What Matt Rhule’s Jetpack Has to Do With Stadium Failure

Matt Rhule's Jetpack has been on Go Fund Me for half a month now without a single penny raised.

Matt Rhule’s Jetpack has been on Go Fund Me for half a month now without a single penny raised.

Nothing major gets done at Temple University without it being approved at a Board of Trustees Meeting.

That was true for the Apollo of Temple, now known as the Liacouras Center, and also true for the $50 million basketball practice facility and the $17 million football training facility. To assume that a $300 million stadium is going to get done behind the scenes with all that as a backdrop is a fallacy.

With this Jetpack, Matt will no longer have to take the SEPTA 24 bus to practice.

With this Jetpack, Matt will no longer have to take the SEPTA 24 bus to practice.

Temple people are notoriously protective of what is inside their wallets–perhaps as a Pavlovian Response from spending four years near the edges of the Green Zone (17th Street on the West and 10th Street on the East)–and the strong rumor is that the BOT will not allow discussion of a stadium until $25 million is raised by stadium backers

So another meeting of the BOT having come and gone without a stadium announcement—or even a discussion of a stadium—speaks volumes. Meetings were held in December, March, May and now July without mention of a stadium.

The next question has to be why. For that, all you have to do is look at the funding for Matt Rhule’s Jetpack. As a joke, a poster named “Victory Engineer”  set up a “Go Fund Me” for a Matt Rhule Jetpack on July 3 and posted it on Owlsdaily.com. It has been seen by nearly 2,000 viewers and raised a grand total of zero dollars.

You would think someone, even as a joke, would have given five bucks in two weeks but, so far, nothing.

What does this have to do with a stadium?

Temple people are notoriously protective of what is inside their wallets–perhaps as a Pavlovian Response from spending four years near the edges of the Green Zone (17th Street on the West and 10th Street on the East)–and the strong rumor is that the BOT will not allow discussion of a stadium until $25 million is raised by stadium backers. So far, that figure has fallen far short—about $24 million short—and, at this rate, a stadium will not be discussed until the October meeting.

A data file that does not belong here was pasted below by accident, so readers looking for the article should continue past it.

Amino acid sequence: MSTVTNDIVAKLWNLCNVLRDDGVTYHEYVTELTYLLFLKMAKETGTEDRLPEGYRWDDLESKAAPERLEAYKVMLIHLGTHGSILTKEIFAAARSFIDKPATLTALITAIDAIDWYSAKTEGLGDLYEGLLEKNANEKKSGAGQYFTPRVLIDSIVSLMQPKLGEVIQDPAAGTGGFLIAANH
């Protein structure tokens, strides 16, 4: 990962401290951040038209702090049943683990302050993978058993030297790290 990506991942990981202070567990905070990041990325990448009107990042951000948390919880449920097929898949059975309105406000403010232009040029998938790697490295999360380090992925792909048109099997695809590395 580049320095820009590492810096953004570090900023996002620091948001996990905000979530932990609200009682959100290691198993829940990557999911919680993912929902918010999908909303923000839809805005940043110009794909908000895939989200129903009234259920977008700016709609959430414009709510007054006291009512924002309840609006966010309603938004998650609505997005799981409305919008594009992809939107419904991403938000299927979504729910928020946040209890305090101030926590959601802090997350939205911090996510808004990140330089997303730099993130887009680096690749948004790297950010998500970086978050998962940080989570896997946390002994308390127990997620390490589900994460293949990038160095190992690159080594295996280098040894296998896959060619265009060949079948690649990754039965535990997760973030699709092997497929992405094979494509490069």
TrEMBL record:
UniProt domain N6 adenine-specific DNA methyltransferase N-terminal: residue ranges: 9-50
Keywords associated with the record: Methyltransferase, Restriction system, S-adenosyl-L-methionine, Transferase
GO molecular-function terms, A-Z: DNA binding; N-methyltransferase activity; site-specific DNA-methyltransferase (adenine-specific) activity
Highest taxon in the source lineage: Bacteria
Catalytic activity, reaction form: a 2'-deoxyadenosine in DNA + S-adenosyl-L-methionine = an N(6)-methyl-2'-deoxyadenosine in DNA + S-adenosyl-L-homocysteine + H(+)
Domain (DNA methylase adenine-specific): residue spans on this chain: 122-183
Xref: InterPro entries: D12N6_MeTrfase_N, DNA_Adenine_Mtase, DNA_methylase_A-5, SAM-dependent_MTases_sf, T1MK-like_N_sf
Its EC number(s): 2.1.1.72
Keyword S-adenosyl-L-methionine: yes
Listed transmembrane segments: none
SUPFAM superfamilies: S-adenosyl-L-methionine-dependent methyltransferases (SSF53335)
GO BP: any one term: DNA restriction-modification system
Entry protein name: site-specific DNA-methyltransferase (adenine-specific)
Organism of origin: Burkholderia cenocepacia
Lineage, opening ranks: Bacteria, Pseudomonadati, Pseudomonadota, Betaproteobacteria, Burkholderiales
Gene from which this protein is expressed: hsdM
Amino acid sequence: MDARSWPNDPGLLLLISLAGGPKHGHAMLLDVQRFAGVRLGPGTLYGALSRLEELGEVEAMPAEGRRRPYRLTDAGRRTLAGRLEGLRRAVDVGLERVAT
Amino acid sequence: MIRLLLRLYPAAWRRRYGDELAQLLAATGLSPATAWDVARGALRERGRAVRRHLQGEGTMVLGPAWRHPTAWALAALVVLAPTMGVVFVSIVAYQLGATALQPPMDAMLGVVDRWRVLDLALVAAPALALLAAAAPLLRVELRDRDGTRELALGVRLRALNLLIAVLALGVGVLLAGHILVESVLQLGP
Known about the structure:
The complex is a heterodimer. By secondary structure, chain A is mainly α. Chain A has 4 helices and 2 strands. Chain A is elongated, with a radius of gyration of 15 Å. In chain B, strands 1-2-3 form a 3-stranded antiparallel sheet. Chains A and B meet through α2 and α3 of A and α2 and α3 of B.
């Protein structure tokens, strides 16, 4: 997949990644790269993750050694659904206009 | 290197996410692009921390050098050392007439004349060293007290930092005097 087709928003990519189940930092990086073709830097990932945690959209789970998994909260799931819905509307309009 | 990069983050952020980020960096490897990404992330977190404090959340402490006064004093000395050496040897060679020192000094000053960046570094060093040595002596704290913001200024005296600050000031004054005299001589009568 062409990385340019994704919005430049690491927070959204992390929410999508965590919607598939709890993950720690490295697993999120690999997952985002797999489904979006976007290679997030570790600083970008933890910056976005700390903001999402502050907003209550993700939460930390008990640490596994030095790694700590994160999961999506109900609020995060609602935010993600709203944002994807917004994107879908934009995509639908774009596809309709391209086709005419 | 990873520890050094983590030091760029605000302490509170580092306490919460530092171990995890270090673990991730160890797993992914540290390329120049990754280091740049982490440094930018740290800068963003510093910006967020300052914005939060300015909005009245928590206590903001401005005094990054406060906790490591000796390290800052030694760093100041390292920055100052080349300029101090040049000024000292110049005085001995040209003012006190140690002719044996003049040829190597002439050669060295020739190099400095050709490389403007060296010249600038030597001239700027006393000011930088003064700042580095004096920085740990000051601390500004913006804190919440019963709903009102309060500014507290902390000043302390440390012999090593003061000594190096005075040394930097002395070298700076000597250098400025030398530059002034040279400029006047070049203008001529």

October, 2068.

It’s time to extend the Lincoln Financial Field lease now and worry about a stadium later.

As far as Matt Rhule’s Jetpack, that has a much better chance of happening on Sept. 6 should the result of the Penn State game turn out to be in the Owls’ favor.

Related:

Get coach Rhule His Jetpack

Why July 14 is the Most Important Date in Temple Sports History

If recent Temple hires in key positions are any clue, the stadium going up at 15th and Norris should look something like this.

If recent Temple hires in key positions are any clue, the stadium going up at 15th and Norris should look something like this.

Usually the middle of July is a dead period in sports as baseball is in the middle of an all-star break, NFL training camp has not started and the NBA, NHL and college football are a couple months away.

For Temple University, though, July 14th might be the most important day in its sports history. That’s because the school’s Board of Trustees will hold a rare meeting amid rumors that there could be talk of an on-campus stadium on the agenda.

meetingminutes

Even if a stadium is not on the docket that could be more telling than if it is because the school’s BOT let a May meeting, a March meeting and a December meeting come and go with no discussion of a stadium. If it is not on this agenda, there likely will be no stadium because the next meeting after this one is in October and the school’s 15-year lease with the Philadelphia Eagles to rent Lincoln Financial Field expires at the end of the 2017 season.

Temple fans on sports message boards seem obsessed with the topic as seemingly innocuous discussion threads get turned into stadium ones at the drop of a hat. When it comes to the people who really matter, the BOT, the topic hasn’t even moved the needle. There were meetings on December 9th, March 11th and May 12th and not a word on the stadium at any of them. That could all change on Tuesday. Or not.

Since the last meeting on May 12, former Indiana University chief bean counter (CFO), Neil Theobald, the current Temple president, kicked a former Indiana U. aide, Kevin Clark, upstairs from AD to No. 2 in command (COO). Then he hired a former Indiana football player, Dr. Pat Kraft, as AD. Yet another former Indiana guy was brought in to raise money for athletics.